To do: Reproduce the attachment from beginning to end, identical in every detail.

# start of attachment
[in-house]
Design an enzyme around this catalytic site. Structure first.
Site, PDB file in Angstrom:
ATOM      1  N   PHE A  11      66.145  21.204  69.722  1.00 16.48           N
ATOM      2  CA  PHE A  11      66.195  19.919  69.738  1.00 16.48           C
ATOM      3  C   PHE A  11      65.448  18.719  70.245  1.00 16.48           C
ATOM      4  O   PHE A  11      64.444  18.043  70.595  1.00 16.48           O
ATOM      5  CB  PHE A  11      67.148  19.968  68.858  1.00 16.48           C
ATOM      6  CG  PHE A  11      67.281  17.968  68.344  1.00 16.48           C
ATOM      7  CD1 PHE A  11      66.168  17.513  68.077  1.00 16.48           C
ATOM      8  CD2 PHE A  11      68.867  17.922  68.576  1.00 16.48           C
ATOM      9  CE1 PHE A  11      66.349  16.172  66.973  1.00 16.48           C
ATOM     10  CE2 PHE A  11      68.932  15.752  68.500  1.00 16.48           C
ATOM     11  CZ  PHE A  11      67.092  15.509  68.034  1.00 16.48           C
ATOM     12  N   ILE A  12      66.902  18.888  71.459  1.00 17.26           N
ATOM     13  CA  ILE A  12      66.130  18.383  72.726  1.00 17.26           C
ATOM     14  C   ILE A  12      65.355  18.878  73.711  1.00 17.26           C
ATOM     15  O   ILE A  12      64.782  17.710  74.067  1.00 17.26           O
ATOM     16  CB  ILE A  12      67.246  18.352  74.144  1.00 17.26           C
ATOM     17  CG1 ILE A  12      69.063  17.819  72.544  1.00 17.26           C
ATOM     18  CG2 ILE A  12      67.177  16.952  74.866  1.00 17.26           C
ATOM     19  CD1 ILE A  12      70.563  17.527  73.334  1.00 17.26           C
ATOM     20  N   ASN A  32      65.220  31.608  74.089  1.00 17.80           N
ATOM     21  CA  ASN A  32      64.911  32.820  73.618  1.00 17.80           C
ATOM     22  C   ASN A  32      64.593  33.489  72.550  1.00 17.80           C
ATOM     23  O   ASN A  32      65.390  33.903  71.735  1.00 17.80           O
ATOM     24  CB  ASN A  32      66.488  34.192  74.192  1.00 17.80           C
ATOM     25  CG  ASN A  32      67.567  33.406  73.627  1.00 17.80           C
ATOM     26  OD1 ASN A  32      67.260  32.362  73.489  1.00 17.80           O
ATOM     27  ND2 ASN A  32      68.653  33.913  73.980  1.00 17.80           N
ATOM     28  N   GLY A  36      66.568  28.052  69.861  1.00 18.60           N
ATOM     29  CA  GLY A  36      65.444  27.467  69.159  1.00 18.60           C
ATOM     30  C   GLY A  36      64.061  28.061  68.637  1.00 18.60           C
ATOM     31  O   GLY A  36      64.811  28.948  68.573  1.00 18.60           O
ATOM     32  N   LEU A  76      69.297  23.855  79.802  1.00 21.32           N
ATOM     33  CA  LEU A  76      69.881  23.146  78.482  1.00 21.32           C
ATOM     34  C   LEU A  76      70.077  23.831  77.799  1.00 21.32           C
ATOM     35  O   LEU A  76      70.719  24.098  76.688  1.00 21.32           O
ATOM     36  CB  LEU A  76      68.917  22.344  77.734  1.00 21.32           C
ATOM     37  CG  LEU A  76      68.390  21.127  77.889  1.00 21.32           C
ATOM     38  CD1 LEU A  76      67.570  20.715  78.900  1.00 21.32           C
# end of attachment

[in-house]
Design an enzyme around this catalytic site. Structure first.
Site, PDB file in Angstrom:
ATOM      1  N   PHE A  11      66.145  21.204  69.722  1.00 16.48           N
ATOM      2  CA  PHE A  11      66.195  19.919  69.738  1.00 16.48           C
ATOM      3  C   PHE A  11      65.448  18.719  70.245  1.00 16.48           C
ATOM      4  O   PHE A  11      64.444  18.043  70.595  1.00 16.48           O
ATOM      5  CB  PHE A  11      67.148  19.968  68.858  1.00 16.48           C
ATOM      6  CG  PHE A  11      67.281  17.968  68.344  1.00 16.48           C
ATOM      7  CD1 PHE A  11      66.168  17.513  68.077  1.00 16.48           C
ATOM      8  CD2 PHE A  11      68.867  17.922  68.576  1.00 16.48           C
ATOM      9  CE1 PHE A  11      66.349  16.172  66.973  1.00 16.48           C
ATOM     10  CE2 PHE A  11      68.932  15.752  68.500  1.00 16.48           C
ATOM     11  CZ  PHE A  11      67.092  15.509  68.034  1.00 16.48           C
ATOM     12  N   ILE A  12      66.902  18.888  71.459  1.00 17.26           N
ATOM     13  CA  ILE A  12      66.130  18.383  72.726  1.00 17.26           C
ATOM     14  C   ILE A  12      65.355  18.878  73.711  1.00 17.26           C
ATOM     15  O   ILE A  12      64.782  17.710  74.067  1.00 17.26           O
ATOM     16  CB  ILE A  12      67.246  18.352  74.144  1.00 17.26           C
ATOM     17  CG1 ILE A  12      69.063  17.819  72.544  1.00 17.26           C
ATOM     18  CG2 ILE A  12      67.177  16.952  74.866  1.00 17.26           C
ATOM     19  CD1 ILE A  12      70.563  17.527  73.334  1.00 17.26           C
ATOM     20  N   ASN A  32      65.220  31.608  74.089  1.00 17.80           N
ATOM     21  CA  ASN A  32      64.911  32.820  73.618  1.00 17.80           C
ATOM     22  C   ASN A  32      64.593  33.489  72.550  1.00 17.80           C
ATOM     23  O   ASN A  32      65.390  33.903  71.735  1.00 17.80           O
ATOM     24  CB  ASN A  32      66.488  34.192  74.192  1.00 17.80           C
ATOM     25  CG  ASN A  32      67.567  33.406  73.627  1.00 17.80           C
ATOM     26  OD1 ASN A  32      67.260  32.362  73.489  1.00 17.80           O
ATOM     27  ND2 ASN A  32      68.653  33.913  73.980  1.00 17.80           N
ATOM     28  N   GLY A  36      66.568  28.052  69.861  1.00 18.60           N
ATOM     29  CA  GLY A  36      65.444  27.467  69.159  1.00 18.60           C
ATOM     30  C   GLY A  36      64.061  28.061  68.637  1.00 18.60           C
ATOM     31  O   GLY A  36      64.811  28.948  68.573  1.00 18.60           O
ATOM     32  N   LEU A  76      69.297  23.855  79.802  1.00 21.32           N
ATOM     33  CA  LEU A  76      69.881  23.146  78.482  1.00 21.32           C
ATOM     34  C   LEU A  76      70.077  23.831  77.799  1.00 21.32           C
ATOM     35  O   LEU A  76      70.719  24.098  76.688  1.00 21.32           O
ATOM     36  CB  LEU A  76      68.917  22.344  77.734  1.00 21.32           C
ATOM     37  CG  LEU A  76      68.390  21.127  77.889  1.00 21.32           C
ATOM     38  CD1 LEU A  76      67.570  20.715  78.900  1.00 21.32           C